This image shows the Galle crater, an impact crater located on the eastern rim of the Argyre Planitia impact basin and south west of the Wirtz and Helmholtz craters, at 51° South and 329° East on Mars. North is up.
The image of the 230 km diameter impact crater is a mosaic created from five individual HRSC nadir and colour strips, each tens of kilometres wide. The HRSC images of the Galle crater were obtained during orbits 445, 2383, 2438, 2460 and 2493 with a ground resolution ranging between 10-20 metres per pixel, depending on location within the image strip.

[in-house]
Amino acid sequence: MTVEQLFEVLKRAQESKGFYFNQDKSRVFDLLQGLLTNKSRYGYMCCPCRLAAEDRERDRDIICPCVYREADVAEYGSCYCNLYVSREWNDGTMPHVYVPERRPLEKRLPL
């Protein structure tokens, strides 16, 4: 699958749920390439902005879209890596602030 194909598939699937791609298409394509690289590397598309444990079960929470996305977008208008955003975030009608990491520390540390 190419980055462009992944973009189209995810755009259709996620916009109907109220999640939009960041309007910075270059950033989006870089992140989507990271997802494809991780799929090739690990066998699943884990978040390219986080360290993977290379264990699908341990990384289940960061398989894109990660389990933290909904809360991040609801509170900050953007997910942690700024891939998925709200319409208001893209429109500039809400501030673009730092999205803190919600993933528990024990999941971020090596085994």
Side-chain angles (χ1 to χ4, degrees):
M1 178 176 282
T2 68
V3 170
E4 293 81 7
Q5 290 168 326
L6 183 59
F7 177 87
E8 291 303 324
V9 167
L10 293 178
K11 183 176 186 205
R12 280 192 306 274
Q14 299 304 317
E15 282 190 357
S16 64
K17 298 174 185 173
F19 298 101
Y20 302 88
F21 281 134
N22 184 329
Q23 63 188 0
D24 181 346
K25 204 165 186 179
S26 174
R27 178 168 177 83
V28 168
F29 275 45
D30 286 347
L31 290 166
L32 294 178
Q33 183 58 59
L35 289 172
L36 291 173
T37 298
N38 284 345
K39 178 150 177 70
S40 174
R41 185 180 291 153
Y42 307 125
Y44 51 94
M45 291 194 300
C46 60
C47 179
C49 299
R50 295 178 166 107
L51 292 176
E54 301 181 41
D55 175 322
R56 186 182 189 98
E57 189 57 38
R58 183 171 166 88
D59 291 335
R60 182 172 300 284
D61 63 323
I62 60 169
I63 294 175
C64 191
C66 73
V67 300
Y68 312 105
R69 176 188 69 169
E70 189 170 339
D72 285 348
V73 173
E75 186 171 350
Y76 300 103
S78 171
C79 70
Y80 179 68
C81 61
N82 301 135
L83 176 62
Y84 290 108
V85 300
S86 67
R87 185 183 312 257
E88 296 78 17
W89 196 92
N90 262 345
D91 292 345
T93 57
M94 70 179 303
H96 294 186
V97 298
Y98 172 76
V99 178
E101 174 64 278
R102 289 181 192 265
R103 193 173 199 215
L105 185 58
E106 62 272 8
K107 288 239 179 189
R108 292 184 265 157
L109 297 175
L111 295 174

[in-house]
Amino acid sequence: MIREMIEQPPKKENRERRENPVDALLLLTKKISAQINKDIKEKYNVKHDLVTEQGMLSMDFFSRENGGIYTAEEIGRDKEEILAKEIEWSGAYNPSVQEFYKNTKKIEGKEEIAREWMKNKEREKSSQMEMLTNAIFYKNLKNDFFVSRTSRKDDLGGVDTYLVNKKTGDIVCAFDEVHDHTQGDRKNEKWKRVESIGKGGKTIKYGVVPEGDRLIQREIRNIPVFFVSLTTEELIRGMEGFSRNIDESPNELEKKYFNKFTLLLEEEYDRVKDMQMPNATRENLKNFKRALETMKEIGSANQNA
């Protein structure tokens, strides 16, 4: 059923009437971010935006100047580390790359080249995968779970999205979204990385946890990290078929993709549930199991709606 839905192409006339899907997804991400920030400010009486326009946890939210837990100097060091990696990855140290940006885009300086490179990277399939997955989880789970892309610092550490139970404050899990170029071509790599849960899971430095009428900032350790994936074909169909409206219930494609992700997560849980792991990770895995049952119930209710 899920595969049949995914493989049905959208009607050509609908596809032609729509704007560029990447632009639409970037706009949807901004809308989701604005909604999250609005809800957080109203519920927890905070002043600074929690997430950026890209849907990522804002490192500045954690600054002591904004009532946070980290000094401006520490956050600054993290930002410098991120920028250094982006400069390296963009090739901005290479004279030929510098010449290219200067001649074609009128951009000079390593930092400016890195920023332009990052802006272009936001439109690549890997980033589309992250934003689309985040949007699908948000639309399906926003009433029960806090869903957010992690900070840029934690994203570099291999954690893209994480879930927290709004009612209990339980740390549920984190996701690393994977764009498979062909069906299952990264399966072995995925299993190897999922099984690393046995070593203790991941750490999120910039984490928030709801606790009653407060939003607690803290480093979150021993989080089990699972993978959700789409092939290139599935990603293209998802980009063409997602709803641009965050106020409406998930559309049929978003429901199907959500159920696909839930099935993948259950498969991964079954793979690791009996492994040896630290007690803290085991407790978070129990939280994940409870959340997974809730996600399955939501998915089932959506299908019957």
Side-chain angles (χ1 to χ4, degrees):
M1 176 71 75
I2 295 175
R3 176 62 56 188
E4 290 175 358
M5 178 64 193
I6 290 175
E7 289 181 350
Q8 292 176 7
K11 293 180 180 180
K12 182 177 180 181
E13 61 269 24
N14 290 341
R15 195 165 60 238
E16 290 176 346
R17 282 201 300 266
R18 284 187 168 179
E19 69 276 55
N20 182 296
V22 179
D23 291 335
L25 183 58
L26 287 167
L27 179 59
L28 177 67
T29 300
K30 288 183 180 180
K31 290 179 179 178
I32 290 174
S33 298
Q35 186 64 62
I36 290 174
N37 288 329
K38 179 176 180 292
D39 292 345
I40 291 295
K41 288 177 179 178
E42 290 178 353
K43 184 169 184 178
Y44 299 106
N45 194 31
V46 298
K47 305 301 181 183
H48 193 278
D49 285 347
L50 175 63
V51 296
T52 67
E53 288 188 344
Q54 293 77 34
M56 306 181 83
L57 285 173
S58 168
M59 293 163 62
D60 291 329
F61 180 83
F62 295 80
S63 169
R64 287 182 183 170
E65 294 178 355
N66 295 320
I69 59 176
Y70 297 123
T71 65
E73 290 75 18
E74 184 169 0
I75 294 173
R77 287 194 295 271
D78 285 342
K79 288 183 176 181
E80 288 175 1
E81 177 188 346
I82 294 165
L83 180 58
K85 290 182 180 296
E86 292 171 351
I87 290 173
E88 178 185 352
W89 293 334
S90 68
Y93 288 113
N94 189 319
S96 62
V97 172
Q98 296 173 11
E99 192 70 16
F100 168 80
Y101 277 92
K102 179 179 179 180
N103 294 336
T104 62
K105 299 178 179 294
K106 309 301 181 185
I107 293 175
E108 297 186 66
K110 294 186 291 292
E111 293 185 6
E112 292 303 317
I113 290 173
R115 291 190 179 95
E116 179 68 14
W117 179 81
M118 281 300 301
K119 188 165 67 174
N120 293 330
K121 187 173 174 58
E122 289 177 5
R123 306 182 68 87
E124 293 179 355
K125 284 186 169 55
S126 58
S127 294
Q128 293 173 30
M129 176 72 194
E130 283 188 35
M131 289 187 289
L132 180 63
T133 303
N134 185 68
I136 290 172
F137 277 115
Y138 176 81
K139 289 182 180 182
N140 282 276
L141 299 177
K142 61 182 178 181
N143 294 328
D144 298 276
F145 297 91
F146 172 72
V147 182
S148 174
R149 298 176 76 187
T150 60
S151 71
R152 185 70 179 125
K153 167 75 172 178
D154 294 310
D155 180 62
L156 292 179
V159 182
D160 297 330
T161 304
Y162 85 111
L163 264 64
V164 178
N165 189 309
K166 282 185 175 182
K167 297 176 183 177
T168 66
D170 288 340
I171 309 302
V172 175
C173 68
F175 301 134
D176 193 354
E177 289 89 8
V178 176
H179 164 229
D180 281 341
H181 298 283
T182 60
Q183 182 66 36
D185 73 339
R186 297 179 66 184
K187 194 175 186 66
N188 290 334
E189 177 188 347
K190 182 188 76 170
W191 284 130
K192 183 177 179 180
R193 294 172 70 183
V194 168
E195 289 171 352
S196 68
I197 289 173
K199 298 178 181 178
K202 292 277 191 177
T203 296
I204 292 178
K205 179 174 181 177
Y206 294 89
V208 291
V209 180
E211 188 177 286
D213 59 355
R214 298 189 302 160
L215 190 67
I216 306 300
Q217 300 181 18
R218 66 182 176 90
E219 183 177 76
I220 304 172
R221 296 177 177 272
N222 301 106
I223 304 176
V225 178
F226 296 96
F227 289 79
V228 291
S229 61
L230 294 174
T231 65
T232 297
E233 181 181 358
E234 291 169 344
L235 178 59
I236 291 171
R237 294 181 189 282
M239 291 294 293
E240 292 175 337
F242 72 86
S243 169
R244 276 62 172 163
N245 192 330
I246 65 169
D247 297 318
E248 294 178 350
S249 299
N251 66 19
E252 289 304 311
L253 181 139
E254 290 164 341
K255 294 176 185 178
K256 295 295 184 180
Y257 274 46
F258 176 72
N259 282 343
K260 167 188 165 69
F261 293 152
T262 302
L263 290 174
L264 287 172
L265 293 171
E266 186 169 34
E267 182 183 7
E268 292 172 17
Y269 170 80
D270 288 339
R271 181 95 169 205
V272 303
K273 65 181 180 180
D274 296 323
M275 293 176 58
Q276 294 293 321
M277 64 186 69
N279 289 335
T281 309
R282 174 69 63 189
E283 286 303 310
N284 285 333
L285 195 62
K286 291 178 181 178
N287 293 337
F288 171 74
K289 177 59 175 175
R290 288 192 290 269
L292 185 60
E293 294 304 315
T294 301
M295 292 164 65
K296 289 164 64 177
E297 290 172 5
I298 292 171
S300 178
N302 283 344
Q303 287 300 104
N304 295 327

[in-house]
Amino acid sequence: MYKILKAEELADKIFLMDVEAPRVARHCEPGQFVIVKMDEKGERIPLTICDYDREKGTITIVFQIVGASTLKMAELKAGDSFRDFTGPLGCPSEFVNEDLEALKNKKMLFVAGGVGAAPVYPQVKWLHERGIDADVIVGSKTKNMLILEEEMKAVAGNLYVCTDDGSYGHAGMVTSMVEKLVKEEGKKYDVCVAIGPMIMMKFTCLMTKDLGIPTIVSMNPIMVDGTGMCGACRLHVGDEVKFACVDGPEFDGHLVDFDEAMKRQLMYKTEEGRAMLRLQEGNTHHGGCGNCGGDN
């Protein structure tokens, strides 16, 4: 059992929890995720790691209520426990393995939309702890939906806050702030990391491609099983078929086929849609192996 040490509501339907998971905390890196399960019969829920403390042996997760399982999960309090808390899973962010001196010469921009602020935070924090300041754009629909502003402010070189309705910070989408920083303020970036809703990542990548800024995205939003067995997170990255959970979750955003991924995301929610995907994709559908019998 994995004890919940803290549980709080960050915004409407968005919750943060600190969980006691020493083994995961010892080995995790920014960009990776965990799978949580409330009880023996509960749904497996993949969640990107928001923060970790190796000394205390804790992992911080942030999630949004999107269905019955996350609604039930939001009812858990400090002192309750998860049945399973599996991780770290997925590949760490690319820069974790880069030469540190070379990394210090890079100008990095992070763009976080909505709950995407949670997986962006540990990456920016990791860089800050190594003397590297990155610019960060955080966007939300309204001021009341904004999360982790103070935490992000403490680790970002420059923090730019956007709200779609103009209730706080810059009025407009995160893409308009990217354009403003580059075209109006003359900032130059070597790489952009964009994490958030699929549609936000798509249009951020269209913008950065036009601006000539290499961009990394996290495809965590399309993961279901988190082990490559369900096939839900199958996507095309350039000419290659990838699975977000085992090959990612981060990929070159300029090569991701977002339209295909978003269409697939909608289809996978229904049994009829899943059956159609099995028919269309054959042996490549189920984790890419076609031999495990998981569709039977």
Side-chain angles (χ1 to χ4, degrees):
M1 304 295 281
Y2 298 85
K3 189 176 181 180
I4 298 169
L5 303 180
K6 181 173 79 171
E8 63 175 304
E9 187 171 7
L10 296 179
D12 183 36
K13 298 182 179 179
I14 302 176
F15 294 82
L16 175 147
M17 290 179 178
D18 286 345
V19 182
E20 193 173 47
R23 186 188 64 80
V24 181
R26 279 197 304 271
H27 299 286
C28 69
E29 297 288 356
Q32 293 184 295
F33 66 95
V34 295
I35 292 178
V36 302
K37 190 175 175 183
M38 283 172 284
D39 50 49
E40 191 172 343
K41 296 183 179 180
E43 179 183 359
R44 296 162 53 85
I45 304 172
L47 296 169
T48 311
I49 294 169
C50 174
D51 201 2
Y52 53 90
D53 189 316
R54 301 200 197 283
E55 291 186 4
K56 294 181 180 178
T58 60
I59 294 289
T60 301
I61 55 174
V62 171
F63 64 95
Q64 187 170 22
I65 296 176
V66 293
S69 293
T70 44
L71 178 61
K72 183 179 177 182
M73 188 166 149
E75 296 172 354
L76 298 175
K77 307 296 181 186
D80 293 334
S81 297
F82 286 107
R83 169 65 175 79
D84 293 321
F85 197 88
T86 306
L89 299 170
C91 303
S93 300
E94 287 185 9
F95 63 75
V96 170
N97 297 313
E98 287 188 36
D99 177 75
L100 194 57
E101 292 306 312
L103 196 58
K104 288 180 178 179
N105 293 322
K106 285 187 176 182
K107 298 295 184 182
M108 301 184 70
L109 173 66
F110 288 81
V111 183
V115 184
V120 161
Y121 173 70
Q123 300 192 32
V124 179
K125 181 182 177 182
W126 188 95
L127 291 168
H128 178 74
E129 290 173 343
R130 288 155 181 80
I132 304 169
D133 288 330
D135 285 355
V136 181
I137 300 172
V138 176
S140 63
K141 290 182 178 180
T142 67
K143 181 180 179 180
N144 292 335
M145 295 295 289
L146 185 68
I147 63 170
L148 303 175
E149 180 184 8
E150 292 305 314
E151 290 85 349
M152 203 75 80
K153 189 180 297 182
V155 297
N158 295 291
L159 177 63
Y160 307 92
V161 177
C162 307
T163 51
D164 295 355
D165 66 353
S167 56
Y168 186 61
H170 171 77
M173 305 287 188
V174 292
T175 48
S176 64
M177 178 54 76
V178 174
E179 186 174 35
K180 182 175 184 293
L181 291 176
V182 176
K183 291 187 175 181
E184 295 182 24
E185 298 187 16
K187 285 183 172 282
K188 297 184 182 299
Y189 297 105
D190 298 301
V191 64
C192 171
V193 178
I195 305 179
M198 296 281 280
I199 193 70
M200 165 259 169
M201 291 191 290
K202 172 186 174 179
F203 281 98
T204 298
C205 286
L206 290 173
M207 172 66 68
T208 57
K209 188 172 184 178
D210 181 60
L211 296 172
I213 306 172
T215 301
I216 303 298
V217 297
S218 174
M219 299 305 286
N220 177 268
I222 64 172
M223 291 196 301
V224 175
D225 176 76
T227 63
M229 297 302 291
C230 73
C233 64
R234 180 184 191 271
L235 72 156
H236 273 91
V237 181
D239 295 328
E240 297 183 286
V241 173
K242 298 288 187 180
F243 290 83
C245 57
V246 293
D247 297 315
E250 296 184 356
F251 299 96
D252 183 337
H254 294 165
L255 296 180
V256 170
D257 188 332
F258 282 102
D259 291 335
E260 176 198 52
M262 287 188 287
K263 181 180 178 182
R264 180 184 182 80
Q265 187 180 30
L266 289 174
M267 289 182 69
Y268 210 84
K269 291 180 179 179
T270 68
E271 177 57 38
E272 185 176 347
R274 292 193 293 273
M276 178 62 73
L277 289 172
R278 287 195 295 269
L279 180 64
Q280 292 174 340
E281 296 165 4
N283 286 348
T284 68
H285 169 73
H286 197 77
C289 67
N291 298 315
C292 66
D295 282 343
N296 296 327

A large stack of layered sediments forms an outcrop in the southern part of the crater. Several parallel gullies, possible evidence for liquid water on the Martian surface, originate at the inner crater walls of the southern rim.
The crater interior shows a surface that is shaped by aeolian (wind-caused) activity as seen in numerous dunes and dark dust devil tracks that removed the bright dusty surface coating.
Crater Galle, named after the German astronomer J.G. Galle (1812-1910), is informally known as the happy face crater. The face was first pointed out in images taken during NASA's Viking Orbiter 1 mission.
This near true-colour scene has been derived from three HRSC colour and nadir channels gathered during five overlapping orbits.
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